Last week, I returned to the town of Polo, which I did a post on two weeks ago. This week, the quaint downtown was invaded by a carnival. The reason? Like so many small towns in the area, Polo has an annual festival. Such festivals include rides, food, and often a parade. Polo’s even features fireworks, which is one reason my sister and found ourselves in the town last week, other than visiting family. Photographing fireworks can be difficult, especially considering that the Polo show was no more than half an hour this year due to the financial strain everyone is facing. Getting a clean shot can also be tough because of houses, trees, telephone wires, and crowds. Polo may not be big, but the town generally puts on a good show, so people from surrounding communities often show up for the event.
Photographing fireworks is tricky business. A tripod is mandatory for serious work. My first attempt at firework photography was in highschool, and I used film. Not very many shots and no ability to see what the previous shots looked like. However, I did have one or two OK shots. Since then, I’ve shot digital. The first step is to make sure you have a fresh memory card in your camera and another one easily available. Shoot a lot. You never know what it’s going to end up looking like. Why? To capture any spread of fireworks, you need to press the shutter release before the shells blow. I set my shutter on bulb, my ISO on 200 or so, and adjust the f/stop for exposure (using at least f/16). Timing comes with experience and some guesswork, but a rule of thumb is to expose from launch till the blasts disappear. This is not always practical, especially during the finally when there is non-stop launching and photographic visual chaos. Generally, I focus and frame on the first blast, but I may decide I need to move the entire tripod. Also, you may need to change framing frequently during the show. Since the Polo fireworks presented a range of heights and there were some vehicles and trees I had to shoot over, I had to change framing frequently. Since it was a short show, I only took around 70 shots. Here are some of my favorites:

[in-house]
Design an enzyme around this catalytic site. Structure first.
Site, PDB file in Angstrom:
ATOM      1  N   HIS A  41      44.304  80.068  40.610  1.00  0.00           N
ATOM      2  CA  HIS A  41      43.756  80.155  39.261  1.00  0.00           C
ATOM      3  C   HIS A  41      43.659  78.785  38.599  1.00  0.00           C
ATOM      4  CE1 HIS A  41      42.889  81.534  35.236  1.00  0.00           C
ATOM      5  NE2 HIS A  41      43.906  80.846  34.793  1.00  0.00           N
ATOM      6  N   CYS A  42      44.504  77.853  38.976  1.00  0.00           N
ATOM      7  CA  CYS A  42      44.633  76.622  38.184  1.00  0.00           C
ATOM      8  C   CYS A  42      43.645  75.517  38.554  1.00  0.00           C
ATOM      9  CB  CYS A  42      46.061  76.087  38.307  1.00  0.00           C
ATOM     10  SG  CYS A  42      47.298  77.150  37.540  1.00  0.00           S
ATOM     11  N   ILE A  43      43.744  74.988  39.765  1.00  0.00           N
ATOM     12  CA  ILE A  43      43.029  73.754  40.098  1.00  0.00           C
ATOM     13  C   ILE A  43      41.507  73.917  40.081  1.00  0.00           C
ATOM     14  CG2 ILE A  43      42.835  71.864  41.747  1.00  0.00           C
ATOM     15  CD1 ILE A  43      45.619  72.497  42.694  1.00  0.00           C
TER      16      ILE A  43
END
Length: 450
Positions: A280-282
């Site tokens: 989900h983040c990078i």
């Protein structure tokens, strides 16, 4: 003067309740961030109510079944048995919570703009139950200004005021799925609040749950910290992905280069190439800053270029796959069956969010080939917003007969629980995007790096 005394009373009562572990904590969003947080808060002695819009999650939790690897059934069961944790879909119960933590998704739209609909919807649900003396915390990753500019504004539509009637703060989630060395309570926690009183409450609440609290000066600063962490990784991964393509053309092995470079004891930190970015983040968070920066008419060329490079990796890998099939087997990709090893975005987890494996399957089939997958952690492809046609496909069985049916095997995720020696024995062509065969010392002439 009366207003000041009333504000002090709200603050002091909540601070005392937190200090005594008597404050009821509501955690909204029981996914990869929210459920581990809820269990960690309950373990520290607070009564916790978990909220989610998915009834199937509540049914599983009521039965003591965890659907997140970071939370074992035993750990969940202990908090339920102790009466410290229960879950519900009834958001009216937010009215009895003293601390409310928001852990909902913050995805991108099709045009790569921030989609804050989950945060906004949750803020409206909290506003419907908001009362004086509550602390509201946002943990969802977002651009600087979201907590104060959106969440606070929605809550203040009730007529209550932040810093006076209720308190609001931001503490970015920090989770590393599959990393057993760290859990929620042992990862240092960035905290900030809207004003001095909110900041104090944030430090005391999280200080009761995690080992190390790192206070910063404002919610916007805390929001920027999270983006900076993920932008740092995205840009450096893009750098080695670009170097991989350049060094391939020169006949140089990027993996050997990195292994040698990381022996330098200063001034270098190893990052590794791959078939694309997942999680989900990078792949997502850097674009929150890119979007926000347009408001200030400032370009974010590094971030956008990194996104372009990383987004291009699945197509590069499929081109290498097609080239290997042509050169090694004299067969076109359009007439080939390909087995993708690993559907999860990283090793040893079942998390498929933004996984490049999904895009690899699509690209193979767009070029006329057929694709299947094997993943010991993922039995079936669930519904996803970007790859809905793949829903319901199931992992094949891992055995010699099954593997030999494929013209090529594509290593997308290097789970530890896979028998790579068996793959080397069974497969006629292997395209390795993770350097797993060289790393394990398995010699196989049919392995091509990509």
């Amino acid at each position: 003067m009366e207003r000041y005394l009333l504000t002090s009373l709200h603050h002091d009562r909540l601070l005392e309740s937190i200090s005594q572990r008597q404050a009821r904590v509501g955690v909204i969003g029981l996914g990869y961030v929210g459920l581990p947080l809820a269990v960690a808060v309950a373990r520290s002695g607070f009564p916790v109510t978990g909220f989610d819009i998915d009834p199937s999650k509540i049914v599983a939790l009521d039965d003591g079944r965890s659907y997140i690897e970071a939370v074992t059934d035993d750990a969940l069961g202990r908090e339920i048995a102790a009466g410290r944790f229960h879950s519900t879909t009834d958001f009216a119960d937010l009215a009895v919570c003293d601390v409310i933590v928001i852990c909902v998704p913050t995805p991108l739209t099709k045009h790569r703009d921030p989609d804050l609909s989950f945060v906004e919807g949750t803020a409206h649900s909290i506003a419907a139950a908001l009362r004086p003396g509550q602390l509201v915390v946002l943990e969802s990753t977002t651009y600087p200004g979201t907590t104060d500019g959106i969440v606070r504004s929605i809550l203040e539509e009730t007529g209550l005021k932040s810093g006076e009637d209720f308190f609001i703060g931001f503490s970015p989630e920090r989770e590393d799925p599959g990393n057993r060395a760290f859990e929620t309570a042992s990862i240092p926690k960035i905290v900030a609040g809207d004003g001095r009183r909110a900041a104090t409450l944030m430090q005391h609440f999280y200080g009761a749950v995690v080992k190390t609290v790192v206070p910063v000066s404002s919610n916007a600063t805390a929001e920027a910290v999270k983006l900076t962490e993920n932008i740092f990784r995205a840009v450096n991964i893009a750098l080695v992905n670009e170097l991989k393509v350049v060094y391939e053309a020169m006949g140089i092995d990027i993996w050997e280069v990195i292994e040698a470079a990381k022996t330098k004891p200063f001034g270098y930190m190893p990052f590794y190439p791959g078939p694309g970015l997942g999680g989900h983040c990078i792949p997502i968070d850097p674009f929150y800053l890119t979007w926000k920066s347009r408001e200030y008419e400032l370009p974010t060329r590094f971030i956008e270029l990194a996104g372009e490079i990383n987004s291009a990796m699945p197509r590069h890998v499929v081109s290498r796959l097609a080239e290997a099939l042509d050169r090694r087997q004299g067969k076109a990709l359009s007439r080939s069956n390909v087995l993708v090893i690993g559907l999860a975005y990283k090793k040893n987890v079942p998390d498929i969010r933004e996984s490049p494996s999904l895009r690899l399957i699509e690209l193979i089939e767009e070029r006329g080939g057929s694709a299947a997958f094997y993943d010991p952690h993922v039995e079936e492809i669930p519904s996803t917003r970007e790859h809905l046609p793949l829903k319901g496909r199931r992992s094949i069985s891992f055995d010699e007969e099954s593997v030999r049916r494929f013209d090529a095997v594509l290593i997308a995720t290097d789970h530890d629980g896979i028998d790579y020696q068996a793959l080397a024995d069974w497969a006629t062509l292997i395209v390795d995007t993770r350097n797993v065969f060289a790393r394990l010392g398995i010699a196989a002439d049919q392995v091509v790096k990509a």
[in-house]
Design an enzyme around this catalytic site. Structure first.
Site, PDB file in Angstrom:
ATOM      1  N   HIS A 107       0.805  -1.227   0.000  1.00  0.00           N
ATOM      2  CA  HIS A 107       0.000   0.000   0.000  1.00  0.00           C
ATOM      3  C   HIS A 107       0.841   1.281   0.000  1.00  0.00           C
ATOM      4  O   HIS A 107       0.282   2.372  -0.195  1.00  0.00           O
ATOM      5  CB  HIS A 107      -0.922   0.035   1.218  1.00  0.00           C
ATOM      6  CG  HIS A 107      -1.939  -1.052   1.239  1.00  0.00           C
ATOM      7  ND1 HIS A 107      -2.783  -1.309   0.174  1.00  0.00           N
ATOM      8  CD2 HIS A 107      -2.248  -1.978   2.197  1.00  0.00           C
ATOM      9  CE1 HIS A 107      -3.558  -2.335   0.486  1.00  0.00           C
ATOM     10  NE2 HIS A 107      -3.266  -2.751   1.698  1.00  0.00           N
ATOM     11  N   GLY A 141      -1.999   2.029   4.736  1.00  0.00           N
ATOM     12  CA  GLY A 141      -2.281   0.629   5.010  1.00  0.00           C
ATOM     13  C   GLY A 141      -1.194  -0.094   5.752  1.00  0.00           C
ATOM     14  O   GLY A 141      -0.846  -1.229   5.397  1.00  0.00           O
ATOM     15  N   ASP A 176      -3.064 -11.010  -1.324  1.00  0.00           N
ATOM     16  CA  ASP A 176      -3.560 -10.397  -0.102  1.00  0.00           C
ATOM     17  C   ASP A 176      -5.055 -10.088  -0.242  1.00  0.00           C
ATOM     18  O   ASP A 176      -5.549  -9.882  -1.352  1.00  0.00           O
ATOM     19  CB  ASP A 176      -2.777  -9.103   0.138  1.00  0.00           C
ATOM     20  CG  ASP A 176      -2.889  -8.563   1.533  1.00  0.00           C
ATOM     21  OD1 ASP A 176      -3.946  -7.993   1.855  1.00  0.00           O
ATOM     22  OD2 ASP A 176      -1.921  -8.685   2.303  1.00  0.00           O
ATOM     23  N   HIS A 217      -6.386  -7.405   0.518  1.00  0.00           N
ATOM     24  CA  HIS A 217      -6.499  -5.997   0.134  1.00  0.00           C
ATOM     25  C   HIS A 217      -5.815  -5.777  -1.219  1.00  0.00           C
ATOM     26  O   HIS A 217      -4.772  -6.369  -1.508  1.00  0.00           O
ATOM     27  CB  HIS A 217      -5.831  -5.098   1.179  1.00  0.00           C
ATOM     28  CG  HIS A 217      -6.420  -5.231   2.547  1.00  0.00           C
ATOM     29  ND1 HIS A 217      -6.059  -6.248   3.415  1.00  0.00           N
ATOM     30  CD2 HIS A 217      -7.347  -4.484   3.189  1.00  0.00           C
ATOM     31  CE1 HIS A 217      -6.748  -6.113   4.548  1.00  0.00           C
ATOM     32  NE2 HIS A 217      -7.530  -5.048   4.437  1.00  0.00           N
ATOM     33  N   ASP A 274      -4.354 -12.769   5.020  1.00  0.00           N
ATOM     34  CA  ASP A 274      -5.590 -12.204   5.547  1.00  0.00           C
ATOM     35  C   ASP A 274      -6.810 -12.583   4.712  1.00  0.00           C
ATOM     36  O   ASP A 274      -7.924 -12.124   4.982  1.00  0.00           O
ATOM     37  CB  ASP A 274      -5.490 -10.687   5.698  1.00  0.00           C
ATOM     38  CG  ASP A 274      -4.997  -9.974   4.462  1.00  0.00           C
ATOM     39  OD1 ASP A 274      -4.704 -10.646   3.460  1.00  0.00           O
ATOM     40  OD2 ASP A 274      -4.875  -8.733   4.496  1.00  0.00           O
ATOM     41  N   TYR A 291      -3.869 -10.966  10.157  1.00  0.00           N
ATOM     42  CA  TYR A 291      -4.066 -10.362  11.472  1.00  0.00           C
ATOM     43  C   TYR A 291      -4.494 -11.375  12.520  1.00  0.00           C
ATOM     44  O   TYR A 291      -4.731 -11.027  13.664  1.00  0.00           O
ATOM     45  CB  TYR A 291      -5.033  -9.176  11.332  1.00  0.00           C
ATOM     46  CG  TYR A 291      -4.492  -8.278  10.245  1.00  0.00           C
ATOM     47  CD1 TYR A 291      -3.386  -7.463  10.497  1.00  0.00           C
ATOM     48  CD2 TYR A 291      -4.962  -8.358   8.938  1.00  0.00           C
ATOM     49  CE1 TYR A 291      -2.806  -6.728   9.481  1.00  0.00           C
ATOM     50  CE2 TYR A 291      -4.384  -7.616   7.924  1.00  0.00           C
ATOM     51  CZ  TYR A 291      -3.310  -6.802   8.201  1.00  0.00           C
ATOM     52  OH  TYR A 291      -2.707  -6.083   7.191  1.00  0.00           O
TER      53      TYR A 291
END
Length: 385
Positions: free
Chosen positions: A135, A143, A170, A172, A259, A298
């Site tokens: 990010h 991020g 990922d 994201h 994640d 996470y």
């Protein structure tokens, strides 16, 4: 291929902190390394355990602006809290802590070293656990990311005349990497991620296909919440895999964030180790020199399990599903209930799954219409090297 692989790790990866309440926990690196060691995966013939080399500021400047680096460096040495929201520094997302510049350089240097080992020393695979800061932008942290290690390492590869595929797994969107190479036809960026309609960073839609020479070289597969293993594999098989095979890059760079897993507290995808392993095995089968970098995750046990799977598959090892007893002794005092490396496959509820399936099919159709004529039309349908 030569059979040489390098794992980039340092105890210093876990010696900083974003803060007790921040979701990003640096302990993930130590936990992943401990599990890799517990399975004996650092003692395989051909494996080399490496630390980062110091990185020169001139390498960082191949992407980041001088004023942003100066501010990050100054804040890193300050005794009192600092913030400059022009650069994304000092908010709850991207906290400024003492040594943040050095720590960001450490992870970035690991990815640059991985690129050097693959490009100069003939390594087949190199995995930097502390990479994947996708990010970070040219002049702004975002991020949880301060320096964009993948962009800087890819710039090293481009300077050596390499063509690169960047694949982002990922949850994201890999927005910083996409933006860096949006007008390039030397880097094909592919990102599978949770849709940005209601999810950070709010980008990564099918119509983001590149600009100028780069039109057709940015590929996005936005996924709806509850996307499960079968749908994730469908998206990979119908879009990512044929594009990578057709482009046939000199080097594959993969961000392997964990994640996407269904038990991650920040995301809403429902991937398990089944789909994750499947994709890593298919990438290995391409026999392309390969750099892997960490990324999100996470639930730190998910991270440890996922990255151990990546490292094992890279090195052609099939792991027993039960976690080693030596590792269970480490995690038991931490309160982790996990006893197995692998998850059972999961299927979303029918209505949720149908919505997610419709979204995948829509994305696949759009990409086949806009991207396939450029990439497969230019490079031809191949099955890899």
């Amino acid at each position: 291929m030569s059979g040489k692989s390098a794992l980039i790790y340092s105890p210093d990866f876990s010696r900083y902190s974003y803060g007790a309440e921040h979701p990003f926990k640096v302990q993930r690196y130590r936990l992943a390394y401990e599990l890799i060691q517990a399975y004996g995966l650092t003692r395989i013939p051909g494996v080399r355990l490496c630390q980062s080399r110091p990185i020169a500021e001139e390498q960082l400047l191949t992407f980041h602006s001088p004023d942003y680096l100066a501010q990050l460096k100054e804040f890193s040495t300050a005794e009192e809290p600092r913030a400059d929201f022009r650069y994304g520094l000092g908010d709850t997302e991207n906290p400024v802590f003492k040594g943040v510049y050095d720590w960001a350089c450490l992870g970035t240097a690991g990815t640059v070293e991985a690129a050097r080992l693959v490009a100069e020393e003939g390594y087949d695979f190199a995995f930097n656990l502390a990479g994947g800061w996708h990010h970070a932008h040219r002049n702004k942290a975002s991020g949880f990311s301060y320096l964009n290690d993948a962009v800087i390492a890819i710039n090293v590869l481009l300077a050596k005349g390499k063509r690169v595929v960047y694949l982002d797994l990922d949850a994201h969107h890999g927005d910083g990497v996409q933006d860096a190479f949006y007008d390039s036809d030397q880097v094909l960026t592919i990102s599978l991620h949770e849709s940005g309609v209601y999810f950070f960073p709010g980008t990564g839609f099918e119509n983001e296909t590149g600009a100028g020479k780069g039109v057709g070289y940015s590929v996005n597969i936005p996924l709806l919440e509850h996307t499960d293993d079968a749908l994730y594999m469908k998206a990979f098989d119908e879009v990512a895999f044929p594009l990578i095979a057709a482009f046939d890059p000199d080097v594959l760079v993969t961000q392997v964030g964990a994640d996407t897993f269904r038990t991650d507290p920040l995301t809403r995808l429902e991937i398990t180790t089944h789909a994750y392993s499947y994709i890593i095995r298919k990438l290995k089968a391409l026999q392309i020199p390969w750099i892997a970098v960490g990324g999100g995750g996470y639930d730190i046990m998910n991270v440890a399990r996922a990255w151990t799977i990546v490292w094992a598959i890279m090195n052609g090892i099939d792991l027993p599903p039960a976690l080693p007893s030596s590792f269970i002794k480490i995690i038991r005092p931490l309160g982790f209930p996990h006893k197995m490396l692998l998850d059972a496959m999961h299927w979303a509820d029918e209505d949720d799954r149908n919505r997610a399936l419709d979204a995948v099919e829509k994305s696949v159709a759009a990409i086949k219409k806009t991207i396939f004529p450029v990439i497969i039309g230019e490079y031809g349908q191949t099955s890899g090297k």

The fireworks are the kickoff for the weekend festival. Next morning, I headed downtown to get some shots of the carnival warming up for its first afternoon of operation. The same downtown block I’d photographed just weeks before was now in party mode and ready for the fun to begin. It just needed a few more people. And they’d be there.
Next Week: 50mm Project I’m giving myself a challenge: shoot all the photos for next week’s post using an old, manual focus prime lens. It can only be good for me. The lens is a bit wider than I’m used shooting at, but it wouldn’t hurt me to limit myself to just a tad longer than a normal lens.